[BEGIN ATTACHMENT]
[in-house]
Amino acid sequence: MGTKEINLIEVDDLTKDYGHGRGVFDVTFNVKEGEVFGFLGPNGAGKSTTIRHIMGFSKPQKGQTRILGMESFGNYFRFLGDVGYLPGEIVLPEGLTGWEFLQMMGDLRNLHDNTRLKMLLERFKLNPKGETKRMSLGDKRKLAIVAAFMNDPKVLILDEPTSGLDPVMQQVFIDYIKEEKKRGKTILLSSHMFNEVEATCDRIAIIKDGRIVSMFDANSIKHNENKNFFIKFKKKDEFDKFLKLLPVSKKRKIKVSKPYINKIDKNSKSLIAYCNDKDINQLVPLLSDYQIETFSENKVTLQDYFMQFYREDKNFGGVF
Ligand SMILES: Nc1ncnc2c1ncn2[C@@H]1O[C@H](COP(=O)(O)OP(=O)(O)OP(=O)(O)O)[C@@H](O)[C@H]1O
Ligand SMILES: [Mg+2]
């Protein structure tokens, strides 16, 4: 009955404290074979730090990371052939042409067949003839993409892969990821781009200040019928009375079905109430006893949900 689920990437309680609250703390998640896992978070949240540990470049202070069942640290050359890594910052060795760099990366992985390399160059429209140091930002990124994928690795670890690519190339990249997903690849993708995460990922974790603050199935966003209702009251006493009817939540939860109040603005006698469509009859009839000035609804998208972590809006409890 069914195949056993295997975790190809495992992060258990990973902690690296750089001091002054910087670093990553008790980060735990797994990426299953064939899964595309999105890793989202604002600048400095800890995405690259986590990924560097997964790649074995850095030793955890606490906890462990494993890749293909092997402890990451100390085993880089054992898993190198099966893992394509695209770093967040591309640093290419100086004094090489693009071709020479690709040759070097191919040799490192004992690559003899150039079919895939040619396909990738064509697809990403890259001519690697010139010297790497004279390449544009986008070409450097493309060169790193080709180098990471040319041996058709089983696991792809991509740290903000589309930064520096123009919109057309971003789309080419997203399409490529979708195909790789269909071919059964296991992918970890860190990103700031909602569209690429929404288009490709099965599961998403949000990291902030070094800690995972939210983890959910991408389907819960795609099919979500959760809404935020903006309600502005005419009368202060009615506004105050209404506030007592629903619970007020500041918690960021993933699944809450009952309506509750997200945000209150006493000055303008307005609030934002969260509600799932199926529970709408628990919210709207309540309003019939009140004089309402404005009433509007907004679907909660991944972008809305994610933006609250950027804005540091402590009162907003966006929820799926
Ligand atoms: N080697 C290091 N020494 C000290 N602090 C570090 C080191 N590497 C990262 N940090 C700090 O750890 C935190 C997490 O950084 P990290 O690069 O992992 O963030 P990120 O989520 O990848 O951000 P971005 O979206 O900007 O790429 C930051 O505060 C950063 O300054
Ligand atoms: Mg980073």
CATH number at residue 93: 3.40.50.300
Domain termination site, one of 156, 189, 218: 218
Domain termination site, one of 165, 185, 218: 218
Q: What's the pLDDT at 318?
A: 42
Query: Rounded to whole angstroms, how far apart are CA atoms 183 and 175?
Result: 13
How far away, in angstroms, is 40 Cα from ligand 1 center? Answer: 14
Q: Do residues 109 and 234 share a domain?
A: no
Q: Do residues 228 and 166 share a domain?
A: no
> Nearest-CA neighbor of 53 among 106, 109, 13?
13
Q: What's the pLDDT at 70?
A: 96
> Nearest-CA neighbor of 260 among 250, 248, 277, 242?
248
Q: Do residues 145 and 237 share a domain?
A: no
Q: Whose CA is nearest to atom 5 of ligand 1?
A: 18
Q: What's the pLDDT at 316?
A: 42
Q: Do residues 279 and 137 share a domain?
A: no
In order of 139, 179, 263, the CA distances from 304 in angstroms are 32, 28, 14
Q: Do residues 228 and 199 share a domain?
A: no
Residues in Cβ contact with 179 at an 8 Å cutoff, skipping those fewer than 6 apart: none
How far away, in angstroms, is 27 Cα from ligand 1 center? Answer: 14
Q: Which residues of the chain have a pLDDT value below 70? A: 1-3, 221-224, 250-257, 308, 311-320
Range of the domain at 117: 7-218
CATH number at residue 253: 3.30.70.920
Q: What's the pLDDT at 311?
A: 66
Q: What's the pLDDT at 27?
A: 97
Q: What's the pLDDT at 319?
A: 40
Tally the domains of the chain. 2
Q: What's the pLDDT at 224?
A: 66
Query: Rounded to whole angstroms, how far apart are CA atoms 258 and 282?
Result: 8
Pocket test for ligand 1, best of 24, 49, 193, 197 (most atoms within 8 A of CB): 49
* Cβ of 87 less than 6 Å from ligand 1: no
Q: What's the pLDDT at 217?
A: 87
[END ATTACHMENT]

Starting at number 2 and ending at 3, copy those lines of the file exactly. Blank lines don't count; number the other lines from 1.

Amino acid sequence: MGTKEINLIEVDDLTKDYGHGRGVFDVTFNVKEGEVFGFLGPNGAGKSTTIRHIMGFSKPQKGQTRILGMESFGNYFRFLGDVGYLPGEIVLPEGLTGWEFLQMMGDLRNLHDNTRLKMLLERFKLNPKGETKRMSLGDKRKLAIVAAFMNDPKVLILDEPTSGLDPVMQQVFIDYIKEEKKRGKTILLSSHMFNEVEATCDRIAIIKDGRIVSMFDANSIKHNENKNFFIKFKKKDEFDKFLKLLPVSKKRKIKVSKPYINKIDKNSKSLIAYCNDKDINQLVPLLSDYQIETFSENKVTLQDYFMQFYREDKNFGGVF
Ligand SMILES: Nc1ncnc2c1ncn2[C@@H]1O[C@H](COP(=O)(O)OP(=O)(O)OP(=O)(O)O)[C@@H](O)[C@H]1O